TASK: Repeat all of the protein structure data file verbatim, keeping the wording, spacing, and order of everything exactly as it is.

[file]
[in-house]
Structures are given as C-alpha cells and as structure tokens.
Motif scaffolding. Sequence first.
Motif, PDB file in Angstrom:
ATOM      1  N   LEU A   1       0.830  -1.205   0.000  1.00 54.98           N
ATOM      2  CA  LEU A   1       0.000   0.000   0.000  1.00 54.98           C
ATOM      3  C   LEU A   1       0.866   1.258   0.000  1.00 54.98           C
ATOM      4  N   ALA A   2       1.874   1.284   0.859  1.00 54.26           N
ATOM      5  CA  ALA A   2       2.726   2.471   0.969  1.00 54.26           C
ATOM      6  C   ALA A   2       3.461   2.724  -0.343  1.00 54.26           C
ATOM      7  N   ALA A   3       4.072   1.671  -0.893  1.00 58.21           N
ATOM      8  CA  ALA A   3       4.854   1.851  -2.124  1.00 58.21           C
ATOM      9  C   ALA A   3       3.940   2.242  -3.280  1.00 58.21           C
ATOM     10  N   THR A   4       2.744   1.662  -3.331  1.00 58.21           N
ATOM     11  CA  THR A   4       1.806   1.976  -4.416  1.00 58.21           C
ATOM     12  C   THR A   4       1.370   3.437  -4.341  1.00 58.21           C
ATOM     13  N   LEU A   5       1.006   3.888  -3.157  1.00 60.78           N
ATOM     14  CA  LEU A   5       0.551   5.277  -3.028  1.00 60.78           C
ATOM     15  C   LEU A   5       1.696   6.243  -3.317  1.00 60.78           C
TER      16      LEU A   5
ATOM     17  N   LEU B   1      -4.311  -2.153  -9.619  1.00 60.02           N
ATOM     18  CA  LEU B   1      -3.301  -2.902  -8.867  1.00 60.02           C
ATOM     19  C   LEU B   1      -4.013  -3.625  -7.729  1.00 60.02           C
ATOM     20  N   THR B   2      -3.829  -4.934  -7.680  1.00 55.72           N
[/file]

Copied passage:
[in-house]
Structures are given as C-alpha cells and as structure tokens.
Motif scaffolding. Sequence first.
Motif, PDB file in Angstrom:
ATOM      1  N   LEU A   1       0.830  -1.205   0.000  1.00 54.98           N
ATOM      2  CA  LEU A   1       0.000   0.000   0.000  1.00 54.98           C
ATOM      3  C   LEU A   1       0.866   1.258   0.000  1.00 54.98           C
ATOM      4  N   ALA A   2       1.874   1.284   0.859  1.00 54.26           N
ATOM      5  CA  ALA A   2       2.726   2.471   0.969  1.00 54.26           C
ATOM      6  C   ALA A   2       3.461   2.724  -0.343  1.00 54.26           C
ATOM      7  N   ALA A   3       4.072   1.671  -0.893  1.00 58.21           N
ATOM      8  CA  ALA A   3       4.854   1.851  -2.124  1.00 58.21           C
ATOM      9  C   ALA A   3       3.940   2.242  -3.280  1.00 58.21           C
ATOM     10  N   THR A   4       2.744   1.662  -3.331  1.00 58.21           N
ATOM     11  CA  THR A   4       1.806   1.976  -4.416  1.00 58.21           C
ATOM     12  C   THR A   4       1.370   3.437  -4.341  1.00 58.21           C
ATOM     13  N   LEU A   5       1.006   3.888  -3.157  1.00 60.78           N
ATOM     14  CA  LEU A   5       0.551   5.277  -3.028  1.00 60.78           C
ATOM     15  C   LEU A   5       1.696   6.243  -3.317  1.00 60.78           C
TER      16      LEU A   5
ATOM     17  N   LEU B   1      -4.311  -2.153  -9.619  1.00 60.02           N
ATOM     18  CA  LEU B   1      -3.301  -2.902  -8.867  1.00 60.02           C
ATOM     19  C   LEU B   1      -4.013  -3.625  -7.729  1.00 60.02           C
ATOM     20  N   THR B   2      -3.829  -4.934  -7.680  1.00 55.72           N